In 2002, PROSPECTUS carried only "translated" player statistics--actual numbers adjusted for park and league effects. The theory is that without taking context into account, it is impossible to measure the value of players relative to one another.
The theory is solid, obviously, but the 2003 edition carries both the actual and the translated statistics, which makes it a much more useful all-in-one resource. You no longer have to go flipping through another book to find what a player actually did.
The player write-ups continue in the humorous but incisive PROSPECTUS tradition, though the humor seems to be a bit less sharp this year. It seems they've decided to be a little more serious and straightforward.
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10 of 11 people found the following review helpful By "rlockmed" on February 14, 2003
Format: Paperback
It's even better than it used to be. In addition to park adjusted statistics, there's raw, unadjusted stats for all the major and minor league players, which is great because Stats is no longer making the Red and Green Books. The graphic presentation of the statistics is better, too, with the adjusted stats clearly marked from the raw stats.
The writing is outstanding, and the separate essays on injuries and the forecasting system are really good. It's a gigantic book, and it's almost impossible to put down. I love it.
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5 of 5 people found the following review helpful By Timothy E Krug on March 6, 2002
Format: Paperback
I hope you have alot of time on your hands because you will not be able to put this great book down.
Provides totally honest and intelligent team reviews, explaining why transactions were made and what were the good/bad ramifications.
Excellent and witty player insight, brutally honest at points.
Found myself laughing out load many times.
You won't believe what you've been missing.
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4 of 4 people found the following review helpful By Adam Strasberg on February 28, 2002
Format: Paperback
Whether you're interested in Fantasy baseball research or just love reading about the game and the players, the Baseball Prospectus is the best, most interesting book on the market.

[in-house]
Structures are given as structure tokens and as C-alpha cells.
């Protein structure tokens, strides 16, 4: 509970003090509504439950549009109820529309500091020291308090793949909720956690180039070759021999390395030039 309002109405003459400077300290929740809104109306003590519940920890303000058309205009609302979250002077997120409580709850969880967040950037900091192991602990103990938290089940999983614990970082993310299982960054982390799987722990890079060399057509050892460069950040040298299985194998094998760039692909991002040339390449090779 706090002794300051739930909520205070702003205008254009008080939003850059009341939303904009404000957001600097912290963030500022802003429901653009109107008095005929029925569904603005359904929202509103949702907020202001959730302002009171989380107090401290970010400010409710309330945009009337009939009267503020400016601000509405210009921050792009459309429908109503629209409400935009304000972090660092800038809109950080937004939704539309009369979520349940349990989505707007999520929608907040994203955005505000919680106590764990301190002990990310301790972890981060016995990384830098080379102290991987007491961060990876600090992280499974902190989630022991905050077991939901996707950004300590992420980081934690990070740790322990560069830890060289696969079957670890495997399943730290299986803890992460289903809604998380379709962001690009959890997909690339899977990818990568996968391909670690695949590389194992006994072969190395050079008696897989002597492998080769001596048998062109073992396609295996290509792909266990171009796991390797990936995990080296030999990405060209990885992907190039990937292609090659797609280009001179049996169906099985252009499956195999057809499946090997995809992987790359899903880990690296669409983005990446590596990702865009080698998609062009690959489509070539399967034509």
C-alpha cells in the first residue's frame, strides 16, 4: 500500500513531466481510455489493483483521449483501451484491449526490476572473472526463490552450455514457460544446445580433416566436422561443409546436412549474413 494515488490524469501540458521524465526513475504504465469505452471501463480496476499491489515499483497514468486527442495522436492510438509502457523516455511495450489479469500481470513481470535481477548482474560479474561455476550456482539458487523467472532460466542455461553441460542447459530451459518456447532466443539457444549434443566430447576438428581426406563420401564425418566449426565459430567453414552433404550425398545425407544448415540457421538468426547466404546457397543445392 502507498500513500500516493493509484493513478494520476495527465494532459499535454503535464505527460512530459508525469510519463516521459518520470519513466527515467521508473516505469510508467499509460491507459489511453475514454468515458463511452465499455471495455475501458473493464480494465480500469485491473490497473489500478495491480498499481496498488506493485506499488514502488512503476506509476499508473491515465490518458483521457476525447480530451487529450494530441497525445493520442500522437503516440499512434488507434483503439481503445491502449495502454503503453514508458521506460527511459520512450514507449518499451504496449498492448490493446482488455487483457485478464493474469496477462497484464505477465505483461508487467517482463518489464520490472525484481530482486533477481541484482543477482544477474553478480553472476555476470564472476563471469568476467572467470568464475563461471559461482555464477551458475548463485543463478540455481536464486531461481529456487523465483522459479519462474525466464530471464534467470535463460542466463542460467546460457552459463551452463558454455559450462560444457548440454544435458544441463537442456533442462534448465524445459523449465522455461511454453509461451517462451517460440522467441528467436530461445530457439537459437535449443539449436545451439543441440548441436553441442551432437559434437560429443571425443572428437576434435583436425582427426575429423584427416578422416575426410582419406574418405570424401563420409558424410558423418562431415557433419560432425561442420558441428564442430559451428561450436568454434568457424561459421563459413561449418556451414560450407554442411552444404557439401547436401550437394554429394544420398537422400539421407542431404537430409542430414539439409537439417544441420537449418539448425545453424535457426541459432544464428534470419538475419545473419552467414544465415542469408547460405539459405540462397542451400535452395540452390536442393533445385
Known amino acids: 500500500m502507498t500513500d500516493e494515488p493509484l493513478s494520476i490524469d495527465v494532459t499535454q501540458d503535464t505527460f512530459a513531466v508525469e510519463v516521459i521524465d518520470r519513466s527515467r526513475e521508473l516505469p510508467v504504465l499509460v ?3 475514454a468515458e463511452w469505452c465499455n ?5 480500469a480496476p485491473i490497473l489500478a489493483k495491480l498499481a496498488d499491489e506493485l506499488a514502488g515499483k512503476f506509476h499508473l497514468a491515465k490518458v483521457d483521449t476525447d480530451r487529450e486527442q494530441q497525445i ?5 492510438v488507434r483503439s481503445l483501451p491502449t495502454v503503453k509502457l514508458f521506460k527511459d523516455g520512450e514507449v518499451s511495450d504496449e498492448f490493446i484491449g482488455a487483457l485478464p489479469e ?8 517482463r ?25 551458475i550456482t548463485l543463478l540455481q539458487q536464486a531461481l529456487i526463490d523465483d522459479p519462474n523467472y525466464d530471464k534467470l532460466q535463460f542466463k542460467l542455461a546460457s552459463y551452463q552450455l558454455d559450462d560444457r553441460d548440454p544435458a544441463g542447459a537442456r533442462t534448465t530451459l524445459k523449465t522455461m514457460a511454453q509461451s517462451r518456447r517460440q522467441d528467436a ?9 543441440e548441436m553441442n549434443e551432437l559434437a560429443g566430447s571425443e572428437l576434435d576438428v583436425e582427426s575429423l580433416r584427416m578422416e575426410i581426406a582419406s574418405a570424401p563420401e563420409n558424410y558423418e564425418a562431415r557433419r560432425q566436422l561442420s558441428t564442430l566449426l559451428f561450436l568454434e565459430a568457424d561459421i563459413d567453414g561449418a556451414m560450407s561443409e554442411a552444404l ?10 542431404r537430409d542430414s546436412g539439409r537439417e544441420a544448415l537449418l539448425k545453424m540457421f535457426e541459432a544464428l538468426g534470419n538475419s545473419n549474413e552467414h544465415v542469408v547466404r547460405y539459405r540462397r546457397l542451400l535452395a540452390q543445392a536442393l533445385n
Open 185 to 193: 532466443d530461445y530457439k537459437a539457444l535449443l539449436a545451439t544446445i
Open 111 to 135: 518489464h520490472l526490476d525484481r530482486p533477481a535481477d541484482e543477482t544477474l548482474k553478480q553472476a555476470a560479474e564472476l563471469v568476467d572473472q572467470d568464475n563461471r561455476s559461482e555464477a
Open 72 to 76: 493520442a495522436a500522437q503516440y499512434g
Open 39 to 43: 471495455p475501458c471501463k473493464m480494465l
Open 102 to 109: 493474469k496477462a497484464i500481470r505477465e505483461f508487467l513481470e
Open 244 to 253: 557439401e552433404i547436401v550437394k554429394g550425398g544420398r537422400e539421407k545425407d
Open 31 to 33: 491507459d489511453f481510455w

There are general team comments which tend to focus on personal, economic and historical issues. Then come the player comments --the book is organized by league and team then by player dividing hitters from pitchers. It doesn't just write about players in the majors or top rookies, its breath of players is impressive and reason enough to buy it -- from the deep minors on up.
The writing is interesting, usually insiteful; although sometimes they try to get too funny (usually about a player who's perfomance needs more analysis than humor). Still that's a minor quible.
Would I use it for a fantasy baseball draft, yes (I do); although its probably more valuable in season as teams start adding players you've never heard of (the Prospectus has, don't worry).
Would I read it if I weren't in a Fantasy Baseball league -- yes without a doubt. In fact, I would say the book is geared to discussing baseball as a sport more than assessing fantasy value.
There are hours of reading here.
One word of warning -- the stats listed in the book are NOT the actual stats, but rather translations to a "normal" league environment (they list the past 4 stat lines). This translation makes it easier to compare a player's A Ball performance with another's AAA and another's Major league stats, but it can cause some confusion on the first read.
If you are looking for Fantasy Baseball books, also take a look at Shandler's Baseball Forcaster, which is probably better for draft preparation. Still, if I was buying only one baseball book, The Baseball Prospectus would be it.